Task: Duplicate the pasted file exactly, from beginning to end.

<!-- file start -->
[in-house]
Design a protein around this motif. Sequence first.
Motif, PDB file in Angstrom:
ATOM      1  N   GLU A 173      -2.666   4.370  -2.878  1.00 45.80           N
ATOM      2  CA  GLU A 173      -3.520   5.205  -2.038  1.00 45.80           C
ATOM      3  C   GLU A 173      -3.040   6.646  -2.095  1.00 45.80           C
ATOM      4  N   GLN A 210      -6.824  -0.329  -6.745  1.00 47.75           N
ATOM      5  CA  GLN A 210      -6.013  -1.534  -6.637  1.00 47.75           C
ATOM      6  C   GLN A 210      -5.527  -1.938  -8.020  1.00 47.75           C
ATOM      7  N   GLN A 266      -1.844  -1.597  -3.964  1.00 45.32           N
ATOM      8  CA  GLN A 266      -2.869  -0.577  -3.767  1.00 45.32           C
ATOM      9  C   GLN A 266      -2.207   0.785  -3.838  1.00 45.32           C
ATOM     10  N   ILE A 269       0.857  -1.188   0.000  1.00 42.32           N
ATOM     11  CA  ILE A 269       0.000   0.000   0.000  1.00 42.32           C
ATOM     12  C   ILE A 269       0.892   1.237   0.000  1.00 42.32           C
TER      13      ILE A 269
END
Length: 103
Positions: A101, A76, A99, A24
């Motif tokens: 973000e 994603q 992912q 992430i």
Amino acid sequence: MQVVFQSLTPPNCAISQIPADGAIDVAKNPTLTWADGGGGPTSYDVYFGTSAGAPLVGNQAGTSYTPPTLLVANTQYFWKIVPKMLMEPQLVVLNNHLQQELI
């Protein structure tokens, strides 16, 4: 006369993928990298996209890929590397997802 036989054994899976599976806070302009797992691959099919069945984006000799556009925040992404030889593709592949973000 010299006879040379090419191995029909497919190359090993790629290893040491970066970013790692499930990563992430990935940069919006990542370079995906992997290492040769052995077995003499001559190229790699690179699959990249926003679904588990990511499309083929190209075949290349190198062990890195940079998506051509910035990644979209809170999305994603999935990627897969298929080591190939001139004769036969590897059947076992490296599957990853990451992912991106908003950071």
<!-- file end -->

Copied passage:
[in-house]
Design a protein around this motif. Sequence first.
Motif, PDB file in Angstrom:
ATOM      1  N   GLU A 173      -2.666   4.370  -2.878  1.00 45.80           N
ATOM      2  CA  GLU A 173      -3.520   5.205  -2.038  1.00 45.80           C
ATOM      3  C   GLU A 173      -3.040   6.646  -2.095  1.00 45.80           C
ATOM      4  N   GLN A 210      -6.824  -0.329  -6.745  1.00 47.75           N
ATOM      5  CA  GLN A 210      -6.013  -1.534  -6.637  1.00 47.75           C
ATOM      6  C   GLN A 210      -5.527  -1.938  -8.020  1.00 47.75           C
ATOM      7  N   GLN A 266      -1.844  -1.597  -3.964  1.00 45.32           N
ATOM      8  CA  GLN A 266      -2.869  -0.577  -3.767  1.00 45.32           C
ATOM      9  C   GLN A 266      -2.207   0.785  -3.838  1.00 45.32           C
ATOM     10  N   ILE A 269       0.857  -1.188   0.000  1.00 42.32           N
ATOM     11  CA  ILE A 269       0.000   0.000   0.000  1.00 42.32           C
ATOM     12  C   ILE A 269       0.892   1.237   0.000  1.00 42.32           C
TER      13      ILE A 269
END
Length: 103
Positions: A101, A76, A99, A24
């Motif tokens: 973000e 994603q 992912q 992430i």
Amino acid sequence: MQVVFQSLTPPNCAISQIPADGAIDVAKNPTLTWADGGGGPTSYDVYFGTSAGAPLVGNQAGTSYTPPTLLVANTQYFWKIVPKMLMEPQLVVLNNHLQQELI
């Protein structure tokens, strides 16, 4: 006369993928990298996209890929590397997802 036989054994899976599976806070302009797992691959099919069945984006000799556009925040992404030889593709592949973000 010299006879040379090419191995029909497919190359090993790629290893040491970066970013790692499930990563992430990935940069919006990542370079995906992997290492040769052995077995003499001559190229790699690179699959990249926003679904588990990511499309083929190209075949290349190198062990890195940079998506051509910035990644979209809170999305994603999935990627897969298929080591190939001139004769036969590897059947076992490296599957990853990451992912991106908003950071």